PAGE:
Notice of Claim and Claim Forms Provisions
UPDATED: June 19, 2018
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“Notice of Claim: Written notice of claim must be given to the insurance company within twenty (20) days after the occurrence or commencement of any loss covered by the policy, or as soon thereafter as is reasonably possible. Notice given by or on behalf of the insured to the insurance company at [insert the location of such office as the insurance company may designate for such purpose], or to any authorized agent of the insurance company, with information sufficient to identify the insured, shall be deemed notice to the insurance company.”
The Notice of Claim provision is required by state law. The reason for imposing on the insured a sense of urgency in filing claims under an individual health insurance policy is to allow the insurance company an opportunity to investigate the claim while data is readily available and recollection of events is fresh. Late notice may hamper the insurance company’s ability to complete its investigation and determine whether or not benefits are due. Late notice could prejudice the rights of both the insurance company and you, the insured.
If you fail to file a claim on time, you stand to possibly lose your insurance benefits. Whether in fact you will depends on the court in your area and those decisions have been mixed:
- Most courts say that before an insurance company will be allowed to deny the claim due to late notice, the company must prove that it was “prejudiced” in some way by that late notice. This means that due to the late notice, the company must show it either had to pay benefits it might not have owed or it had to pay more than it would otherwise have owed because it was unable to gather all the necessary information to evaluate the claim properly.
- Others courts have said that failure to give timely notice shall result in loss of insurance benefits whether or not the insurance company, because of the delay, has had to pay benefits it might not have owed or had to pay more than it would otherwise have owed because it was unable to gather all the necessary information to evaluate the claim properly.
- A third view is that if there is an unreasonable delay in presenting a claim, the court will assume there was “damage” to the insurance company (whether there actually was or not). This means that the court will assume the insurance company had to pay benefits it might otherwise not have had to pay, or had to pay more than it would otherwise have owed because it was unable to gather all the necessary information to evaluate the claim properly. The court makes this assumption even if this is not the case. Then you, the insured, bear the burden of showing that the insurance company did not pay benefits it did not owe or did not pay more than it owed because of your failure to notify them of the claim within a reasonable time period.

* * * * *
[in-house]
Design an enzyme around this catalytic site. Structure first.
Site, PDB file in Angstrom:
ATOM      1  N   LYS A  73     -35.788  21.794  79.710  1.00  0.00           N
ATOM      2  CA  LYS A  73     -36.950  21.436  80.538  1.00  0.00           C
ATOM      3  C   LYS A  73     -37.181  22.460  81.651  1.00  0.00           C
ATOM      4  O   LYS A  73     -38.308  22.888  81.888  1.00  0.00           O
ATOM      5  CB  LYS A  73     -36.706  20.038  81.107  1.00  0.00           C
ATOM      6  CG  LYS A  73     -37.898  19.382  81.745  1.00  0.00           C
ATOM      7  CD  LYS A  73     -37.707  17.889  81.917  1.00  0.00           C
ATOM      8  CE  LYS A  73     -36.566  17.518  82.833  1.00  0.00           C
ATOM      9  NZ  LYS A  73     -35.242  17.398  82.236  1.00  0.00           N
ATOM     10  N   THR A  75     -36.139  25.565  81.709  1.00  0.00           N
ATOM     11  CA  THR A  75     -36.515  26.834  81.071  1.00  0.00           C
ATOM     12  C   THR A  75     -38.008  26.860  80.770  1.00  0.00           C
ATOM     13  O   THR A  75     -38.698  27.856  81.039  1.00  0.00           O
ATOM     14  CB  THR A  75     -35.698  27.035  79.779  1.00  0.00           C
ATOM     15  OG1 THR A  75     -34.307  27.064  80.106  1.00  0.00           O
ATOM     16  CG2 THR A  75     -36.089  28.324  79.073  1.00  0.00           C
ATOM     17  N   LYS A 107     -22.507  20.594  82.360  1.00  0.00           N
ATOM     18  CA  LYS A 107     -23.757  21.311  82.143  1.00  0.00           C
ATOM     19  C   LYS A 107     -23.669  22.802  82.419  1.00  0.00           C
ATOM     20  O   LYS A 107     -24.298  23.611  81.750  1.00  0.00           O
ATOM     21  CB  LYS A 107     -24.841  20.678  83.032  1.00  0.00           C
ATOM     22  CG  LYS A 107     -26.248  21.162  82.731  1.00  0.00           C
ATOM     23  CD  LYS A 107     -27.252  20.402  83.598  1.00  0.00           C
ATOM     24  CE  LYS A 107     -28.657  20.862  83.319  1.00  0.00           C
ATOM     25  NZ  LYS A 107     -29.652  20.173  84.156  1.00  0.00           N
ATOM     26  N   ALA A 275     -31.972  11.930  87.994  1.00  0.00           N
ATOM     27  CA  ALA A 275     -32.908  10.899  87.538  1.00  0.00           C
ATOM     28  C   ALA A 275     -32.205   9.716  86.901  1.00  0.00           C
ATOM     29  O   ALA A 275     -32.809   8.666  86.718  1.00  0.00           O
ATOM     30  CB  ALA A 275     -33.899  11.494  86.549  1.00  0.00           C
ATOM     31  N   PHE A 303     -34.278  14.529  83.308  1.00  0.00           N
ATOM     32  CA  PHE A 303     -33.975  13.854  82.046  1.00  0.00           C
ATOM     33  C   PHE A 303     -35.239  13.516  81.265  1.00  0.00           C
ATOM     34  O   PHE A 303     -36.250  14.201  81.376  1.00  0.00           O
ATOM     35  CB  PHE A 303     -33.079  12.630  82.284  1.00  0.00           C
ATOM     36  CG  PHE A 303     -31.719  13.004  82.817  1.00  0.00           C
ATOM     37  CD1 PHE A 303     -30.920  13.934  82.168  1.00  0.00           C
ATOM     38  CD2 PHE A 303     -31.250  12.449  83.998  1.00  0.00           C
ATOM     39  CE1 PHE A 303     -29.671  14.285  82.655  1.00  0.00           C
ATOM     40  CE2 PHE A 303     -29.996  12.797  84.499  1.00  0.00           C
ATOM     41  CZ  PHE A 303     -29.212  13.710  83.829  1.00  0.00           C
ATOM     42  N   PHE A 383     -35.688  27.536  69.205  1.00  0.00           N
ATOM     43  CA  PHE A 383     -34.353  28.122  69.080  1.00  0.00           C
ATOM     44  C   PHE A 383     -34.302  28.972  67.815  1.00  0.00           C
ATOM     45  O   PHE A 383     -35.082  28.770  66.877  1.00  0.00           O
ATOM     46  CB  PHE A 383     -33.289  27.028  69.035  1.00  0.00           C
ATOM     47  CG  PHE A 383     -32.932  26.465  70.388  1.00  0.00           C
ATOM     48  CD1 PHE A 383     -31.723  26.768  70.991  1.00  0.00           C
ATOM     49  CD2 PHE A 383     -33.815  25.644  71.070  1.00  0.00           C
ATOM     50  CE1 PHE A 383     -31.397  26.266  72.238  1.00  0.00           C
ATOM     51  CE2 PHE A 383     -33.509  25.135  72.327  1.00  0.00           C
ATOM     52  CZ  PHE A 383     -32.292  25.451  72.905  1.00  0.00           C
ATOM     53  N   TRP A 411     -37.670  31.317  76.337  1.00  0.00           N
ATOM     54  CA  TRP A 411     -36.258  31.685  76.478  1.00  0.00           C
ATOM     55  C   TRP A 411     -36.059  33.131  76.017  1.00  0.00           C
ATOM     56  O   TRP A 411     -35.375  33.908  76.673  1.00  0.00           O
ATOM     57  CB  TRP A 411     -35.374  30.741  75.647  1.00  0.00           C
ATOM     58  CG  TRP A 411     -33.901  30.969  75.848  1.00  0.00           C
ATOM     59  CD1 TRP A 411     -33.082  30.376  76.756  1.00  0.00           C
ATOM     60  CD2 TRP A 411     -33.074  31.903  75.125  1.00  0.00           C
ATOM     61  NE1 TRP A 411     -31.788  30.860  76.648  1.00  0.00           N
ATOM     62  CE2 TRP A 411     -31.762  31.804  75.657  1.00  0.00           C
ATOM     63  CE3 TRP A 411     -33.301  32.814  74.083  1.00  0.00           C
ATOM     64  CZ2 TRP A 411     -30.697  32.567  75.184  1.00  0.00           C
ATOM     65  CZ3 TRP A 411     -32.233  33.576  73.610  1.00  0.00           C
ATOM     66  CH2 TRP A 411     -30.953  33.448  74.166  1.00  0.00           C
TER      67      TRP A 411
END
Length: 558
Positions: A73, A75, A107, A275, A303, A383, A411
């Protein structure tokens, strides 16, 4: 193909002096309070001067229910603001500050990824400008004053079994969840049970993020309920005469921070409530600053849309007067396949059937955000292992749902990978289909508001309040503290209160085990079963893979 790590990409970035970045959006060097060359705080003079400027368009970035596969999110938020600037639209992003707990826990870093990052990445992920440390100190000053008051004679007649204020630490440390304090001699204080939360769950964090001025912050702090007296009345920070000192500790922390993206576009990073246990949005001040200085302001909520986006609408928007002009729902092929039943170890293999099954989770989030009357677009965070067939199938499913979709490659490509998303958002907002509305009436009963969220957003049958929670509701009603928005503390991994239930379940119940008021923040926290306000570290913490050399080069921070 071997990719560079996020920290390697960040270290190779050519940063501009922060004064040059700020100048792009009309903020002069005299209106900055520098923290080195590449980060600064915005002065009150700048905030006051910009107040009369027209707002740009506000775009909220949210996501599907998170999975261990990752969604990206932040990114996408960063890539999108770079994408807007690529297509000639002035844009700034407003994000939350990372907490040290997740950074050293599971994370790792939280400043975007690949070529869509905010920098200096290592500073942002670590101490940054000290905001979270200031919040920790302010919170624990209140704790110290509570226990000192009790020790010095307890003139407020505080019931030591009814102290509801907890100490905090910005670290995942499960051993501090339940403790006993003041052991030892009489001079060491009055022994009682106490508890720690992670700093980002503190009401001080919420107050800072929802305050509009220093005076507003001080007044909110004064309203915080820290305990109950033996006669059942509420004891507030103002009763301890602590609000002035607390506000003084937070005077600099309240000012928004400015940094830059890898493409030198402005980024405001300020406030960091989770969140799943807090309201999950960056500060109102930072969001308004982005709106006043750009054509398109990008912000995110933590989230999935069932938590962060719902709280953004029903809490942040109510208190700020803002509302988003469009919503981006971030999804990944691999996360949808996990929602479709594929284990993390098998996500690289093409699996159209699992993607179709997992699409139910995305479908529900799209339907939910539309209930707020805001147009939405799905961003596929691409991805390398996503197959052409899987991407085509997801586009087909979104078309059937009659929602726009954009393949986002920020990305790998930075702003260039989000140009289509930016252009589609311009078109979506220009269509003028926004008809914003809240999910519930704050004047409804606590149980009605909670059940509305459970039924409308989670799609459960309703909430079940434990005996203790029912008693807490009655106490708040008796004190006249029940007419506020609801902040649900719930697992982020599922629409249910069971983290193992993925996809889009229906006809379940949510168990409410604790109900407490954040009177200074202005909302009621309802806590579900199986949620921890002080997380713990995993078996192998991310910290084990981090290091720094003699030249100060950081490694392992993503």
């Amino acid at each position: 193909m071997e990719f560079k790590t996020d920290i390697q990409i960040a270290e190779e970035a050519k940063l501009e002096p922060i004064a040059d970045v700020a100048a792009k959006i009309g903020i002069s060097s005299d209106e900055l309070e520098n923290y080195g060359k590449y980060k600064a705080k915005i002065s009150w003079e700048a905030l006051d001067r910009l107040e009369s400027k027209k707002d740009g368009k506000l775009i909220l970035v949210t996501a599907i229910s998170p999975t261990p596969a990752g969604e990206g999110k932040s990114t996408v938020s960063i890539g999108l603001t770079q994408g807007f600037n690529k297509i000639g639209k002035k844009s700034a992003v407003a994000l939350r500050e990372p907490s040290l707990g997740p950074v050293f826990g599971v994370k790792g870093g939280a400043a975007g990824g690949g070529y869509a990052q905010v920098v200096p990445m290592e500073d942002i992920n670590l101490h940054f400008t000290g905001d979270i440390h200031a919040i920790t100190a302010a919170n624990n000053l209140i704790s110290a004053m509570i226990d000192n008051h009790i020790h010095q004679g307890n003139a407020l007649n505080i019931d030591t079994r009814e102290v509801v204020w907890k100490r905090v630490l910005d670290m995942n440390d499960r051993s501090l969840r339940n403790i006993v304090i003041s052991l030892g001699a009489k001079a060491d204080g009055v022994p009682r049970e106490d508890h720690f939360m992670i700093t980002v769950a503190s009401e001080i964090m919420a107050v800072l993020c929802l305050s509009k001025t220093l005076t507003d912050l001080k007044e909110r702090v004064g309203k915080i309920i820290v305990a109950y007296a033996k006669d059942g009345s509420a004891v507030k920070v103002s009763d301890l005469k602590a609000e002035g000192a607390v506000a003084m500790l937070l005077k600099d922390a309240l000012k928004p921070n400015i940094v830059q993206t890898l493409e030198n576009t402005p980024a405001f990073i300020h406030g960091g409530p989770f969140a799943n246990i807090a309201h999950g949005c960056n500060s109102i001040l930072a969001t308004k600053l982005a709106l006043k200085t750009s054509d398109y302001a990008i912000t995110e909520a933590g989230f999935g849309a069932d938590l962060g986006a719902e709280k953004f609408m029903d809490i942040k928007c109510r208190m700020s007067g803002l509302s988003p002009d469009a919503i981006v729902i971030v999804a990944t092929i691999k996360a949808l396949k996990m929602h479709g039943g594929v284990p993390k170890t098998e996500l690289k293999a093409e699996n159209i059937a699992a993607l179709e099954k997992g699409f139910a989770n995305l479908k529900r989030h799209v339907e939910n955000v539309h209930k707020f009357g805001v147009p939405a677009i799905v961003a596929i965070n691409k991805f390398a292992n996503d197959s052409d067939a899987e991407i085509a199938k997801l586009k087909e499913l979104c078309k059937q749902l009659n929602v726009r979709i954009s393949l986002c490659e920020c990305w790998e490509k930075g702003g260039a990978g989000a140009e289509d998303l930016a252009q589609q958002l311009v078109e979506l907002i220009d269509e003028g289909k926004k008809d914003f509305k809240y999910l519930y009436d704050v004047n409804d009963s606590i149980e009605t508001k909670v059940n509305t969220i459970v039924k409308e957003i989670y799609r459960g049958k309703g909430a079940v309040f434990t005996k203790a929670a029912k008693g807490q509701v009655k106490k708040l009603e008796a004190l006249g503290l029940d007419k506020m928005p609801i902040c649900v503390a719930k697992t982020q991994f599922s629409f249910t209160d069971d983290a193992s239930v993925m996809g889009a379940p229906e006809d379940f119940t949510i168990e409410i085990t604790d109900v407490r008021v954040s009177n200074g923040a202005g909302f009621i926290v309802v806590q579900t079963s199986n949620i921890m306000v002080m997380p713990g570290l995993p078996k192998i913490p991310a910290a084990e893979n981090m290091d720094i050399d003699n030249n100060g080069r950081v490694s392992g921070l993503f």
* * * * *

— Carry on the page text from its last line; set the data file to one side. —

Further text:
Although most courts favor the first approach, as an insured you can never be certain how a court may view your case – should it get that far. Clearly your wisest course of action is to file a notice of claim with the insurance company as soon as you can. If there are extenuating circumstances that prevent prompt filing of a claim, they must be given due consideration by the insurance company, as the provision states. Your prompt filing of the claim will, in most cases, result in a payment of benefits by the insurance company.
Keep in mind that a proper notice of claim should be in writing. You could run into a problem if you are relying on a phone call to the insurance company as providing timely notice. And, of course, you should keep a copy of your written notice in your records with evidence of mailing as proof that your notice was timely filed.
Individual health insurance polices are also required to have a provision dealing with
Claim Forms. A typical exampleof such a provision is as follows:
|“Claim Forms: The insurance company, upon receipt of a notice of claim, will furnish to the claimant such forms as are usually furnished by it for filing proof of loss. If forms are not furnished within fifteen (15) days after the giving of notice, the claimant shall be deemed to have complied with the requirements of this policy as to proof of loss upon submitting, within the time fixed in the policy for filing proofs of loss, written proof covering the occurrence, the character and the extent of the loss for which claim is made.”|
Basically, this provision protects you from delays caused by the insurance company. If the insurance company, after receiving your notice of claim, does not provide you with claim forms in a timely manner, you can still satisfy their requirements for proof of loss without using their forms by providing your own written documentary evidence in support of your claim. You should describe the occurrence, the character (nature) and the extent of the loss.
*Wording may vary from contract to contract and from state to state.